William Havell (British, Reading 1782–1857 London)
Georg Jacob Vollweiler (London) successor to Philipp André
Pen lithograph on yellow-ocher aquatint mount
sheet: 12 11/16 x 8 7/8 in. (32.2 x 22.5 cm)
original printed mount: 11 5/8 x 15 3/16 in. (29.5 x 38.5 cm)
Harris Brisbane Dick Fund, 1931
Not on view
"Specimens of Polyautography" contains the first lithographs published in Britain. The process was invented by Alois Senefelder, a Munich dramatist turned printer seeking an inexpensive means to reproduce texts and music. In 1796 he experimented with relief printing from stone blocks, then discovered in 1798 that marks made on limestone with greasy inks or crayons could be printed by purely chemical means. After the surface is treated with gum arabic and nitric acid, dusted with resin and talc, and finally moistened with water, oily printing ink will adhere to the applied marks but not the stone. Senefelder visited London in 1800 to obtain British patents for his revolutionary process, selling the latter rights on in 1801 to Johann Anton André, a printer of musical scores from Offenbach am Main. Johann's brother Philipp, who lived on in London, was enlisted to set up a press and develop the method's artistic potential. Interested local artists were supplied with materials and Philipp teamed with James Heath to print and publish sets of twelve "polyautographs" in 1803. Two years later, G. J. Vollweiller arrived from Germany to take over the patent and press, and expanded the core group of lithographs to thirty-six in 1806–7, Havell's "Landscape" among them.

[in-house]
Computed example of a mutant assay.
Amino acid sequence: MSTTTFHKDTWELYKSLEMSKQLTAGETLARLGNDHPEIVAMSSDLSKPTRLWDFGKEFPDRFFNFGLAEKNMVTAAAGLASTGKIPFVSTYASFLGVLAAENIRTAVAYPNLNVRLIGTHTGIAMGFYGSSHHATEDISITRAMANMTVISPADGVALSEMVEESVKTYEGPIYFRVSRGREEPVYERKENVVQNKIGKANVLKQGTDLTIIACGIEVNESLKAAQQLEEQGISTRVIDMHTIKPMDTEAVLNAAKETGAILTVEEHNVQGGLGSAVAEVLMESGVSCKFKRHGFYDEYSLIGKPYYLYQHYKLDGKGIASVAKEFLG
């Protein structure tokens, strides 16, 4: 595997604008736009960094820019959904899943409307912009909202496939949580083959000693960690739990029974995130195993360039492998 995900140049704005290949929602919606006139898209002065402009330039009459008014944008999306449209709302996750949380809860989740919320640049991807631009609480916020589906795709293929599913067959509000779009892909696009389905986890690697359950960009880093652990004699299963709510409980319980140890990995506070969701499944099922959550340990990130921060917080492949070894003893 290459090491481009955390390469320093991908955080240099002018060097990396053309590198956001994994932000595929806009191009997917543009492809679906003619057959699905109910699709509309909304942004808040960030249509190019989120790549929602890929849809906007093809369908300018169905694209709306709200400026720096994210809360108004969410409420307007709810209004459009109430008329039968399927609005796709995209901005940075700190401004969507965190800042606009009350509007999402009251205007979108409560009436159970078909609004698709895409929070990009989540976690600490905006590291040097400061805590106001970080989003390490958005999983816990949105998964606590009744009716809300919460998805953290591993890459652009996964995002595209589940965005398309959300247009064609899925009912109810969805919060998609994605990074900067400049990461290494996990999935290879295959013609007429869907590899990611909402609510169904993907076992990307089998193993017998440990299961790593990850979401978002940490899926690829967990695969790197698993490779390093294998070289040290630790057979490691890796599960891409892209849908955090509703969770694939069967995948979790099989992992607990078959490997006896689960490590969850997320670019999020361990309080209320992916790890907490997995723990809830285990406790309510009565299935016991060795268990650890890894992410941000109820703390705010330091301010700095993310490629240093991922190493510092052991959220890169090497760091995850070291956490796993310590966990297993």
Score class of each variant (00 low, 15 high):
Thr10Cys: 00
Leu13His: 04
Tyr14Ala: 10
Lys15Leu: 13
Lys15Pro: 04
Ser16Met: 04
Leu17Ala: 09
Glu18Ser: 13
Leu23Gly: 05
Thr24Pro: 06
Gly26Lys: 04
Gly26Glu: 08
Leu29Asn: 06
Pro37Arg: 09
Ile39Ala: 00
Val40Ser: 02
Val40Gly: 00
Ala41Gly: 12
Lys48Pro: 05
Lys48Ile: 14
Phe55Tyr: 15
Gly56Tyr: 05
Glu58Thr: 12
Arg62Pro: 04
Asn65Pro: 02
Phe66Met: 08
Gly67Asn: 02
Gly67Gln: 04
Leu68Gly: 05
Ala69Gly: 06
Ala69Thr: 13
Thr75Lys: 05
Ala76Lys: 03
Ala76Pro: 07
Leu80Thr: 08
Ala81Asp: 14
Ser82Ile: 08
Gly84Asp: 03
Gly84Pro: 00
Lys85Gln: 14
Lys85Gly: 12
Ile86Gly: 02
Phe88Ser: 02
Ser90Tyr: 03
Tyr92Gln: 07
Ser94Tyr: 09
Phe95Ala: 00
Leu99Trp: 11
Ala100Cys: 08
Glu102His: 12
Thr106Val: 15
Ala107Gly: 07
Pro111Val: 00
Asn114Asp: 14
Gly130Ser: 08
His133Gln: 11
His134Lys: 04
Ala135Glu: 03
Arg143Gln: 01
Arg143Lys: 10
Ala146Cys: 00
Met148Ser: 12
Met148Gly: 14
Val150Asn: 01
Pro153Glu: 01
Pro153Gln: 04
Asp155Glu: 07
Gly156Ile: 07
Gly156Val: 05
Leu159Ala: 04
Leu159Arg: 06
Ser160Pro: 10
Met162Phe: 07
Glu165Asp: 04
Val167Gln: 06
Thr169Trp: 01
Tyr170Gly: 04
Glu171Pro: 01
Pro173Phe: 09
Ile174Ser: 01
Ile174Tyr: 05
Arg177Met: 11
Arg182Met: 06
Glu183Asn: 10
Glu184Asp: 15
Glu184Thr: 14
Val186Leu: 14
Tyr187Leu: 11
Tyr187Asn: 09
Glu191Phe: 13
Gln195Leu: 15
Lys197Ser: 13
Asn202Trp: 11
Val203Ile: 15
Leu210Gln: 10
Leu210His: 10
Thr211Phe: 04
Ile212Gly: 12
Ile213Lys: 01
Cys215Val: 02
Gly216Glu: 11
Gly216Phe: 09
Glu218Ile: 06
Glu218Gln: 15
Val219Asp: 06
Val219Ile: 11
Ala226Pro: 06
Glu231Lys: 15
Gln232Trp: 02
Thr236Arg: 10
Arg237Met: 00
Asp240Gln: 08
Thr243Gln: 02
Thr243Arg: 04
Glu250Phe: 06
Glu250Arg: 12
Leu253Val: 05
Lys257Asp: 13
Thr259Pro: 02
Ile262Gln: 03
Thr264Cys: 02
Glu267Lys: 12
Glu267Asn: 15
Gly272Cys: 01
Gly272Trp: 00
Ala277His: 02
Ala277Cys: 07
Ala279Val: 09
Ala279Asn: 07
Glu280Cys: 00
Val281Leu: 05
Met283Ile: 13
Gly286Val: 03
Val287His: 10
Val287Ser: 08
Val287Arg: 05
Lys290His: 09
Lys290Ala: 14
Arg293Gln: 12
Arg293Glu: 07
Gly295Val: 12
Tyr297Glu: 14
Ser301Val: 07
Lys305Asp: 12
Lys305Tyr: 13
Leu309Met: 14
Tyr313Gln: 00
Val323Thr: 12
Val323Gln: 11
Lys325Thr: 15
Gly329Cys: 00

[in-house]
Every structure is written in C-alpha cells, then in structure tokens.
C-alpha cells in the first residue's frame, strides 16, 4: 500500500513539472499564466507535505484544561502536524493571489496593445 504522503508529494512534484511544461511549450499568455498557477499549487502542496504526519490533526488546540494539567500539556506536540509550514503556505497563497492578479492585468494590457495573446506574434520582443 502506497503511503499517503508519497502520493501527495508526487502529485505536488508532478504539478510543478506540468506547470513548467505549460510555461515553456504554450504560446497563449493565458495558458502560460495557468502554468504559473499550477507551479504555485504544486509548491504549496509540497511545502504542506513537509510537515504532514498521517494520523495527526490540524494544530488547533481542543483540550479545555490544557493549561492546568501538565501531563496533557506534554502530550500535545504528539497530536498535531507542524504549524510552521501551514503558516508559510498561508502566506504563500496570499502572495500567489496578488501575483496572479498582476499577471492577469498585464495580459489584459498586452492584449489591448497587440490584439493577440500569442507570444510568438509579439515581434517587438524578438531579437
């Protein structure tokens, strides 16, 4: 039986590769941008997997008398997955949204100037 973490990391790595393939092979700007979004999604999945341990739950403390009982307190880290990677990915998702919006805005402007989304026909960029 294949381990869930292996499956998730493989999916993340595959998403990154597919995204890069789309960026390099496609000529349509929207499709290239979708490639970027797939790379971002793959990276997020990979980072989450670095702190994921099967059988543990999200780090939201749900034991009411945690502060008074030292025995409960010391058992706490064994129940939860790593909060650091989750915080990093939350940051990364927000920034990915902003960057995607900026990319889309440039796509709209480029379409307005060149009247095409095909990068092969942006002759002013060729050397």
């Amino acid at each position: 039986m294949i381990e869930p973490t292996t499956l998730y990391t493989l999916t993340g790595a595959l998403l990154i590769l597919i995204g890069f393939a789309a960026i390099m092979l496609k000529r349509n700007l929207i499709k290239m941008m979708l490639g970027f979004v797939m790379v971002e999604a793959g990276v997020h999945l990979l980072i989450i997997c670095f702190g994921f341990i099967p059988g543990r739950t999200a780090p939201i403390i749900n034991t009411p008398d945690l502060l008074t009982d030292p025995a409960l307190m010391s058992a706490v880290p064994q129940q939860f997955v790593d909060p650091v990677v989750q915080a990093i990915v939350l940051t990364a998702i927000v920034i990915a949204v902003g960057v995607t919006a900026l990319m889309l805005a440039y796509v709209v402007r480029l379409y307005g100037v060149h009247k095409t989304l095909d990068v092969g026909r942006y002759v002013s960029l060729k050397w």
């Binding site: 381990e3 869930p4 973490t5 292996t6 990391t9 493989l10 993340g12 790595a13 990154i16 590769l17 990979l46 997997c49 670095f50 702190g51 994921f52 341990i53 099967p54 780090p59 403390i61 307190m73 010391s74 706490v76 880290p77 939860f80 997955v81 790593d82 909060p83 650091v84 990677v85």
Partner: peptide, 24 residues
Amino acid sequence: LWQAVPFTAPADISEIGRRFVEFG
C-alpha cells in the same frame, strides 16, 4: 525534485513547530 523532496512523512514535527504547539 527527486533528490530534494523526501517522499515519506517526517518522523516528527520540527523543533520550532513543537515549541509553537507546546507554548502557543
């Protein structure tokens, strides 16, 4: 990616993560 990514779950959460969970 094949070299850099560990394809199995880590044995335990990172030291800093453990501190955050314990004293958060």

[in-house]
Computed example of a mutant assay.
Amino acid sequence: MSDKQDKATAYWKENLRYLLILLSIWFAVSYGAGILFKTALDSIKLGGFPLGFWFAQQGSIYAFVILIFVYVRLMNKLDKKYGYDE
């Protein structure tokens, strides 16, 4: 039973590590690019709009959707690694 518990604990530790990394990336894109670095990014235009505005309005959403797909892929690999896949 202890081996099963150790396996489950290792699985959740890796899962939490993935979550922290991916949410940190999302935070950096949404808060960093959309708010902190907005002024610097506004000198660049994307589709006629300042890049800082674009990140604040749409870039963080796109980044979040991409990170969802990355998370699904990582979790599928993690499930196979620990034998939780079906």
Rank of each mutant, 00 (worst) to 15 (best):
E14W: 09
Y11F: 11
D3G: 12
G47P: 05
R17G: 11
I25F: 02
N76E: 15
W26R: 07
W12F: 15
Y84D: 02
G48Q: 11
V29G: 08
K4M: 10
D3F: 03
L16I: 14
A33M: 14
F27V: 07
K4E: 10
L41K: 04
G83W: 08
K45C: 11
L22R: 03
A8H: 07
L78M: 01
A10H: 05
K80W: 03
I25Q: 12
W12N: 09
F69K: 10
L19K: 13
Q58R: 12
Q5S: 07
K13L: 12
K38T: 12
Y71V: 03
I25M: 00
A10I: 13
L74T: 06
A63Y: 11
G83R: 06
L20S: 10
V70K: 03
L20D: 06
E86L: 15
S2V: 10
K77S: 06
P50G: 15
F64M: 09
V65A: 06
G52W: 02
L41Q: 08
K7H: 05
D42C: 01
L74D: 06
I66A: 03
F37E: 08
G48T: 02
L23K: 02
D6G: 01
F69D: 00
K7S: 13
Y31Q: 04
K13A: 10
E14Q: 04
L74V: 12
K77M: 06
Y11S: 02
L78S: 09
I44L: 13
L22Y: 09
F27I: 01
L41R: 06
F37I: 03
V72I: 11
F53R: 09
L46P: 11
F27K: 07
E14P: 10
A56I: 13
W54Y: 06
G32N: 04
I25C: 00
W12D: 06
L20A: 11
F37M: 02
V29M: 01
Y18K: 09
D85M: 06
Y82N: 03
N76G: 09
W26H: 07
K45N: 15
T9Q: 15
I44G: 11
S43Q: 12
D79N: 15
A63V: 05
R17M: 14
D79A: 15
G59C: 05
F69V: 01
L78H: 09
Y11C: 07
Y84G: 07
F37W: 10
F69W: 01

Inscription: in stone, lower right: "W. Havell"
Lauder of Fountainhall; Vendor: James Rimell & Son
Man 1962, no. 85
Felix H. Man "Lithography in England (1801-1810)" in Prints: Thirteen Illustrated Essays on the Art of the Print, selected for the Print Council of America. Carl Zigrosser, New York, 1962, p. 130, Vollweiler 1806-7 set, Part IV, No. XXIV., cat. no. 85, p. 122.